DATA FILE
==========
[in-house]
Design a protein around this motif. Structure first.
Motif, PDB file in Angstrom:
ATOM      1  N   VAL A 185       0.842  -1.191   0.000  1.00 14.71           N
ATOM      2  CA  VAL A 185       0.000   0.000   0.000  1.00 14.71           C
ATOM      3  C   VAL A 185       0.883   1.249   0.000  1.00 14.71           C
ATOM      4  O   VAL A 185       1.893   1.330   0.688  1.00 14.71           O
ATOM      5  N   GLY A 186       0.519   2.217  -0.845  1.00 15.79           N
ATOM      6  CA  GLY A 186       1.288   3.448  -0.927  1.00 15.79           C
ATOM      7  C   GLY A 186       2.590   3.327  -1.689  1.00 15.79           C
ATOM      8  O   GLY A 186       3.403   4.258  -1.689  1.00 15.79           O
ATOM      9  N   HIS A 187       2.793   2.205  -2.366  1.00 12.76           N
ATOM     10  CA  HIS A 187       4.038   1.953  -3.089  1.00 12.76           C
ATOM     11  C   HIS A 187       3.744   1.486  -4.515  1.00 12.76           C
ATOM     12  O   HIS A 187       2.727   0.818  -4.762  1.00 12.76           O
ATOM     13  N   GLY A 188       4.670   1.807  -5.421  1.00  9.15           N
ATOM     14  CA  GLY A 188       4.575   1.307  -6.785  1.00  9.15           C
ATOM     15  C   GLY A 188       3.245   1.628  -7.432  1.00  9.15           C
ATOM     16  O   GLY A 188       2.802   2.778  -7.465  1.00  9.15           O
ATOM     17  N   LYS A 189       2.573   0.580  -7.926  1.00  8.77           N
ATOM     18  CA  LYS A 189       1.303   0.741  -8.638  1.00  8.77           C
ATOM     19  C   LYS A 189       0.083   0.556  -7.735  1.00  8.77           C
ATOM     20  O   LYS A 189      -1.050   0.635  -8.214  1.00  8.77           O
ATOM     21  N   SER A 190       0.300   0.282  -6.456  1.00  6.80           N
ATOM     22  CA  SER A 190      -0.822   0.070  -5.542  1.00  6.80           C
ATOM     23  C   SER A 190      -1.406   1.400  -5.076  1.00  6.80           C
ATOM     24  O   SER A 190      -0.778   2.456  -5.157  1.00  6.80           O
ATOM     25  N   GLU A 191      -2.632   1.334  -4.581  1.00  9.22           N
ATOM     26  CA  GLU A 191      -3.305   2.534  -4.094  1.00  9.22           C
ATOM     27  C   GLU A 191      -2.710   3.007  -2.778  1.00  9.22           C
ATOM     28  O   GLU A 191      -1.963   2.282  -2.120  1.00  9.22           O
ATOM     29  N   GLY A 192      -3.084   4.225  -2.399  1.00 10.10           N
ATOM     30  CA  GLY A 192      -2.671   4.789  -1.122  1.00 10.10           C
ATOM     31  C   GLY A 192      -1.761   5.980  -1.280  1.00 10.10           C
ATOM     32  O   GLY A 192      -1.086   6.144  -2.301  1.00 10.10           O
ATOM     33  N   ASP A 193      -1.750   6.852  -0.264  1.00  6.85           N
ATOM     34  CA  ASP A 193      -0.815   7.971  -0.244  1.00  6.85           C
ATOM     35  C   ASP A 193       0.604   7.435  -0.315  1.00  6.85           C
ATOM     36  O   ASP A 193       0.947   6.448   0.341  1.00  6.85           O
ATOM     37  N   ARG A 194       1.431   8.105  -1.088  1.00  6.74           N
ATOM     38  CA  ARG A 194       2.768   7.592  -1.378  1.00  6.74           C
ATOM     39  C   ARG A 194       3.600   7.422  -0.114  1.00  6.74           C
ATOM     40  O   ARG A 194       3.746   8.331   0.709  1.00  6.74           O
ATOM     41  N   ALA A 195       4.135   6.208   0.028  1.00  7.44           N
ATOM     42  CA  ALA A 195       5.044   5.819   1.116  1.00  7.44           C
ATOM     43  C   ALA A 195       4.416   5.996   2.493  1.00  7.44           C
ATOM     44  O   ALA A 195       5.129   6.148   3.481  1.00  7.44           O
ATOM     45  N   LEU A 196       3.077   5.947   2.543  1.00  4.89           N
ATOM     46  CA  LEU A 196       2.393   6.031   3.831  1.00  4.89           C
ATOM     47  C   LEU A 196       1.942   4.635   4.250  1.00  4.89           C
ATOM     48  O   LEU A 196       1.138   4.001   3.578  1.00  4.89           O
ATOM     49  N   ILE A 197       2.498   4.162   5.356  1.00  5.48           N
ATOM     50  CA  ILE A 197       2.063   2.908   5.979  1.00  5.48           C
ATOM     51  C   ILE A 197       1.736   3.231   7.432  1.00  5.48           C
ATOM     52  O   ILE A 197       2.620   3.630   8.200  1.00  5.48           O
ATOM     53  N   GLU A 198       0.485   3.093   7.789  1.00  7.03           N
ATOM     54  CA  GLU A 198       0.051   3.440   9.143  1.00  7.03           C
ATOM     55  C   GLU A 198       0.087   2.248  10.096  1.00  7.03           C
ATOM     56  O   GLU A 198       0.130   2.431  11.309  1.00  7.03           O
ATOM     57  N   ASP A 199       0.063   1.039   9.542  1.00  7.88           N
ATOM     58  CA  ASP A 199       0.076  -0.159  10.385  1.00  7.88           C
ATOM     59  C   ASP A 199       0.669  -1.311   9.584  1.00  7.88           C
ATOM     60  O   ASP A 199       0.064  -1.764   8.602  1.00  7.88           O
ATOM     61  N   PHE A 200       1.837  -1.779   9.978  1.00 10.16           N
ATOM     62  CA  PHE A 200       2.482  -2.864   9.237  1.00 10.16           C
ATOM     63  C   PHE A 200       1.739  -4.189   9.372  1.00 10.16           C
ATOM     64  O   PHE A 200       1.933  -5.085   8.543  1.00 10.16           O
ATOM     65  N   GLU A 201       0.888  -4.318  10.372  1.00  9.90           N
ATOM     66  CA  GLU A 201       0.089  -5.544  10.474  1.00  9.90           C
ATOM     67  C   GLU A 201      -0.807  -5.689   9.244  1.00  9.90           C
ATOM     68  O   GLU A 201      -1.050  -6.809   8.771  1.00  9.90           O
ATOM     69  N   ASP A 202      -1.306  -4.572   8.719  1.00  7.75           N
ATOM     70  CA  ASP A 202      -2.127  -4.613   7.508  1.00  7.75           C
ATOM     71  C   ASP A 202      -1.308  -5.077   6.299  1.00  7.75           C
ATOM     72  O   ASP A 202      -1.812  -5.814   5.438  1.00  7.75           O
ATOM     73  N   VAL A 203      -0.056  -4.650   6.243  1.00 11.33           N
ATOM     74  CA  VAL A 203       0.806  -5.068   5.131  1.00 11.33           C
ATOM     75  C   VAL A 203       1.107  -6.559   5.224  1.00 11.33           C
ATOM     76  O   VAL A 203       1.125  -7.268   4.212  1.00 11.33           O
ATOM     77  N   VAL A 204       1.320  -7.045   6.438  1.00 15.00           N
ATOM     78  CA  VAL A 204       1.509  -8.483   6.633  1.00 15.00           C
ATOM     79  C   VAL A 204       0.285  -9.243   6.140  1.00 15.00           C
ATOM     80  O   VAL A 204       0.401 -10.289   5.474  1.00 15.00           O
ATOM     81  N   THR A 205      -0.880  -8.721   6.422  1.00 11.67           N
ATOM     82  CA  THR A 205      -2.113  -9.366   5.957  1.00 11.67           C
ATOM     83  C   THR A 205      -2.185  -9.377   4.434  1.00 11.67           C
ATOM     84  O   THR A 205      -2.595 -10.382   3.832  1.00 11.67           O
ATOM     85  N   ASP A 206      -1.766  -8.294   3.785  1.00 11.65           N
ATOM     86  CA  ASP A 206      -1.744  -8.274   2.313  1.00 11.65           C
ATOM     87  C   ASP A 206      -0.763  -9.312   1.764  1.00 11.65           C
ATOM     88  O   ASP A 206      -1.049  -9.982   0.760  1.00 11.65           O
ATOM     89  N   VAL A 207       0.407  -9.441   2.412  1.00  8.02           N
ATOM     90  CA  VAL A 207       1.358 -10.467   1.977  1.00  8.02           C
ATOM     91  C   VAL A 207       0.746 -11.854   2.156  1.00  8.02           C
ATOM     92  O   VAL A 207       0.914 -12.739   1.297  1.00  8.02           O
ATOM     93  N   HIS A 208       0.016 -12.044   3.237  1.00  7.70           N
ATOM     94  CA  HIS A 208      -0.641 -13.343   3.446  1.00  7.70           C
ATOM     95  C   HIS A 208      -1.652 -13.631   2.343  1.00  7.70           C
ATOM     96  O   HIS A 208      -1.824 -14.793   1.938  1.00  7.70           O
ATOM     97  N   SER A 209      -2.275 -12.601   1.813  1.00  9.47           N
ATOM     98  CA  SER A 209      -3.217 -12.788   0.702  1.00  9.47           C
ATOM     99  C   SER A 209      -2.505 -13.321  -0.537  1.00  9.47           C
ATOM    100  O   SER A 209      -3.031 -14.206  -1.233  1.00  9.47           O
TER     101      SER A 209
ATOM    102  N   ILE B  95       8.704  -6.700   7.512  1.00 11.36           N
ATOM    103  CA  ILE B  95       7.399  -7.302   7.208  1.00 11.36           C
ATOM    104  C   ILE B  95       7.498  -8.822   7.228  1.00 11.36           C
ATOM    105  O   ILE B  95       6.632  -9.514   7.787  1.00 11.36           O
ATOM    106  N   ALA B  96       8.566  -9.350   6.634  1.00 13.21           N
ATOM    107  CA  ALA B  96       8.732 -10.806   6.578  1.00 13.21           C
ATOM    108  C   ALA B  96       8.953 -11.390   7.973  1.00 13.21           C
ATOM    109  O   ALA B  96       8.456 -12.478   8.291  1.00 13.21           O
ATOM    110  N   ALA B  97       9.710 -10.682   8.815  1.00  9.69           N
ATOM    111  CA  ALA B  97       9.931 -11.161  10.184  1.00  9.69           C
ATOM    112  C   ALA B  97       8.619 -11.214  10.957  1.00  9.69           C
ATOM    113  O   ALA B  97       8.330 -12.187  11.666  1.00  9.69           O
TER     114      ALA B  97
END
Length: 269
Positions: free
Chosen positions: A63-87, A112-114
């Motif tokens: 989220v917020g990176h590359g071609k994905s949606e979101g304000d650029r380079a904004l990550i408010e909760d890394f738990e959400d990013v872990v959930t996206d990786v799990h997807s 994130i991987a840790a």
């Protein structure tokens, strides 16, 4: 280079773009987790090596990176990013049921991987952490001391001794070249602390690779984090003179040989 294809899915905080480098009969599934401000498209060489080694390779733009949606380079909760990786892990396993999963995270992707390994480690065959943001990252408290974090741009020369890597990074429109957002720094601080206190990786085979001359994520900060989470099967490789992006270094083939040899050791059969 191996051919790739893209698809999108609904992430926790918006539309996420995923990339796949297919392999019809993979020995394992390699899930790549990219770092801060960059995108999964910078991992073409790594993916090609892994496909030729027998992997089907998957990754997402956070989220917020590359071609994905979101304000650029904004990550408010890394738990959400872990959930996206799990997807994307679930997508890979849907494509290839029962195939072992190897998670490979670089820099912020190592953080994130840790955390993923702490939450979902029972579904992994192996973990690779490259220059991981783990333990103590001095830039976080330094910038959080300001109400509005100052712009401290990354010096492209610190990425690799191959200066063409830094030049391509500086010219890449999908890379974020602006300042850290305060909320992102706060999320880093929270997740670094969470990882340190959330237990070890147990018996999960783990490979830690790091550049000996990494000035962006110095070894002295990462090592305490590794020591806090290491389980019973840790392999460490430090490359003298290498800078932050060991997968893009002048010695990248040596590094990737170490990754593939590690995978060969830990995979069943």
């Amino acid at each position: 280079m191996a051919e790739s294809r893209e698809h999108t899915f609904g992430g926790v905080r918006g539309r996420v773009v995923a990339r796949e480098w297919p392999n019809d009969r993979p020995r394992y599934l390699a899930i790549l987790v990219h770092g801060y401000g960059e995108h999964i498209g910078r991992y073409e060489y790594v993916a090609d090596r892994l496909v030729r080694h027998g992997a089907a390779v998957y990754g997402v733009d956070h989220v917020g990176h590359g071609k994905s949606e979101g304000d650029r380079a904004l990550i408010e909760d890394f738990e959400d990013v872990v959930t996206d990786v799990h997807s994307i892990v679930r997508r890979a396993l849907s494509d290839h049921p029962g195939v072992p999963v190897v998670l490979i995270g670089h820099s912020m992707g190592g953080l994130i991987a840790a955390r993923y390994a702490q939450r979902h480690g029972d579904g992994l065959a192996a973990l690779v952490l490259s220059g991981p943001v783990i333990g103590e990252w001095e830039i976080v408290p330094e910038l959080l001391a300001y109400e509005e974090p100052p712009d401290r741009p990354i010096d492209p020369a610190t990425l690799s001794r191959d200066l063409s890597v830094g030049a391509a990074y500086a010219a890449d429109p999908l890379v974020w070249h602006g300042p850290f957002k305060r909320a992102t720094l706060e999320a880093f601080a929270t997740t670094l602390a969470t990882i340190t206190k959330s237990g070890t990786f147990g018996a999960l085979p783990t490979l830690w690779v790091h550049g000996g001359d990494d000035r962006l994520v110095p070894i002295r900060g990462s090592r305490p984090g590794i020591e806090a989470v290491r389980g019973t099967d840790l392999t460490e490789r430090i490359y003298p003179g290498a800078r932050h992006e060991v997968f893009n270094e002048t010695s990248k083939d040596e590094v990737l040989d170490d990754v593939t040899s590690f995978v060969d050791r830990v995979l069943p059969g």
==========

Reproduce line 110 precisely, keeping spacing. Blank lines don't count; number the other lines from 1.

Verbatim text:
ATOM    107  CA  ALA B  96       8.732 -10.806   6.578  1.00 13.21           C